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Must Knows Before Sending Your Adult Child off to College

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By Juli Findling, Paralegal

Is your adult child going off to college this fall?  This can be an exciting but stress-filled time. In addition to worries of their academic success or failure, what if they get sick or hurt?  Statistics show that these things DO happen on college campuses in increasing numbers each year.  But there are a handful of legal documents that can provide safeguards to you and your child that may just offer a modicum of peace of mind, especially – and you may not want to hear this – now that you no longer have dominion over them in the eyes of the law.

HIPAA Authorization Form

If your son or daughter is involved in a serious accident or becomes ill and is taken to the hospital while away at school, HIPAA (Health Insurance Portability and Accountability Act of 1996), a federal law that safeguards access to an adult’s private health data, prohibits medical providers from revealing health information to you – or anybody else – about your child’s medical condition. What does this mean? First and foremost, if this signed medical release (HIPAA Medical Release Form) is not on file, it will be up to the care provider whether to share any information with you.  In the event your child were unconscious or incapacitated, without legal authorization, the only other way to obtain information regarding your child’s medical condition would be through a court appointed guardian – and appointment of that type can take time you may not have.  Violating HIPAA laws can pose steep fines, and even jail time, to medical providers who are charged with violating HIPAA laws.

So, having this HIPAA medical release form that conforms with federal laws, ready to send to a medical provider in case of an emergency, is a must have.

Healthcare Power of Attorney Form

A Healthcare Power of Attorney naming you as your son or daughter’s “medical agent” will not only give you the ability to view his or her medical records, but, more importantly, make informed medical decisions on his or her behalf, if needed. Without this document or a court-appointed guardianship, healthcare decisions concerning your adult child’s diagnosis and/or treatment will be solely in the hands of healthcare providers. While this is not always a bad thing, a physician’s primary duty is to keep the patient alive. So, while a different or more aggressive course of medical action might offer better results, a provider may avoid pursuing one, for fear of increasing the risk of exposure to liability.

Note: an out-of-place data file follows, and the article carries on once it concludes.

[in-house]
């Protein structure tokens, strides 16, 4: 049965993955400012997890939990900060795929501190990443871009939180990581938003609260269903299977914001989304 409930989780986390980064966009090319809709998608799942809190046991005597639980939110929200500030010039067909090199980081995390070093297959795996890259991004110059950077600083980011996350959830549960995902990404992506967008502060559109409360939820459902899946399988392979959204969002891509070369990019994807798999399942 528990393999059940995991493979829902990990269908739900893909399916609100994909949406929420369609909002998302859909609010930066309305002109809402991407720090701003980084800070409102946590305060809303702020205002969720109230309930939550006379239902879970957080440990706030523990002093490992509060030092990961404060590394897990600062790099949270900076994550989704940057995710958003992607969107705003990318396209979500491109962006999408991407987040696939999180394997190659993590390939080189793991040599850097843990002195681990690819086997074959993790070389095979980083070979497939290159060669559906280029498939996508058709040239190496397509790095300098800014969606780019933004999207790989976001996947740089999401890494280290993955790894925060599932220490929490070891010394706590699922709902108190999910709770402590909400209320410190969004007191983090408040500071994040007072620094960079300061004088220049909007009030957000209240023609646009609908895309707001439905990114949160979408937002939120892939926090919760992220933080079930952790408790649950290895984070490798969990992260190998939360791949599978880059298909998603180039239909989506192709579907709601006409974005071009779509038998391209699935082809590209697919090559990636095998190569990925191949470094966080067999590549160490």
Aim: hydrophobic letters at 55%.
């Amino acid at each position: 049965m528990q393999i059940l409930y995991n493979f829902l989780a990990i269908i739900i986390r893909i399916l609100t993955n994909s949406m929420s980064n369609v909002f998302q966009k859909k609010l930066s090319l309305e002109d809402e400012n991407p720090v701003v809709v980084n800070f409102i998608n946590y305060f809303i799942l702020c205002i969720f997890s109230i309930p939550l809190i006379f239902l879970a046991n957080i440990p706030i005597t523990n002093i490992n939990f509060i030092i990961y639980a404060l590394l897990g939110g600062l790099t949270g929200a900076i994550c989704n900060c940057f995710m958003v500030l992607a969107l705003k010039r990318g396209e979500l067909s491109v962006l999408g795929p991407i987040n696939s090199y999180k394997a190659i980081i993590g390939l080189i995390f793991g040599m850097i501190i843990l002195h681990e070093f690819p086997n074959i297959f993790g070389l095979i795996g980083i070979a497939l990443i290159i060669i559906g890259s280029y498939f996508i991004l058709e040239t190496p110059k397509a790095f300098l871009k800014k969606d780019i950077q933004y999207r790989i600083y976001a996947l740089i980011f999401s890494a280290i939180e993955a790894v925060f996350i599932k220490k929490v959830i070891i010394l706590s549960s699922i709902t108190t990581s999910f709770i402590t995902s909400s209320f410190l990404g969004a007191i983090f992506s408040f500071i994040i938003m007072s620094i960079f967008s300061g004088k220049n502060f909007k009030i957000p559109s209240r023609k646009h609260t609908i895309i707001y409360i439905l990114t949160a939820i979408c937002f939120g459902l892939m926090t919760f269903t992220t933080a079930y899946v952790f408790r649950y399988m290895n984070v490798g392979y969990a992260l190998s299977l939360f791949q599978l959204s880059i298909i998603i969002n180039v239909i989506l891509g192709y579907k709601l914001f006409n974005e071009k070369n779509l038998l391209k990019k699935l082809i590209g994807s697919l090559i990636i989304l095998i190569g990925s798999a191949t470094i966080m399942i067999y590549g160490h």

Most doctors prefer to see one medical agent named in this document, rather than multiple. The concern is that multiple, jointly named, medical agents may not agree on a medical course of action, and this could delay or complicate treatment. As a best practice, it’s better to name multiple agents, in priority order, with single authority.  For example, the child’s mother might be listed first as the medical agent; if the mother is unable or unwilling to serve in that capacity, the second person listed, let’s say the father, would be empowered to step in.

General Durable Power of Attorney

Finally, if your adult child becomes incapacitated, you could benefit from their having a General Durable Power of Attorney in place, where you are named as the “agent” authorized to make financial decisions on his or her behalf. This would allow you to manage bank accounts, pay bills, sign tax returns, apply for government benefits, break or apply for a lease, and conduct similar activities relating to your child’s financial and legal affairs. Without one, you will not be able to help your child manage his or her financial affairs without a court-appointed conservatorship.

Now, if you happen to think, “This will never happen to my kid; he’s too studious, quiet or introverted”, just be aware that accidents causing “unintentional injuries” are the leading cause of death for young adults ages 18 to 24, and each year more than 250,000 Americans between ages 18 and 25 are hospitalized with non-lethal injuries.

So, consider getting these important legal documents in order, and make sure to update them every couple of years. This is especially critical for Powers of Attorney, as the institutions most likely use them – such as hospitals and banks – may refuse to honor them if they are outdated.  Also keep in mind that for adult children attending college out-of-state, parents will want to have separate documents prepared by qualified attorneys in both the student’s home state and college state to ensure compliance with each state’s laws.


For more information regarding these legal documents or any other estate planning concern, please contact us at 404-255-7400 or info@hoffmanestatelaw.com.


  • Juli Findling

    Juli joined Hoffman & Associates in June 2018 with eight years of Paralegal experience in the area of civil litigation with Robertson, Bodoh & Nasrallah, LLP. Prior to that, she dedicated five years to working as an Associate Care Specialist with Innovative Outsourcing, Inc. after working as a Systems Analyst in the corporate arena, including General Motors, Inc.’s headquarters in Warren, MI, and American Software, Inc. in Atlanta, GA.

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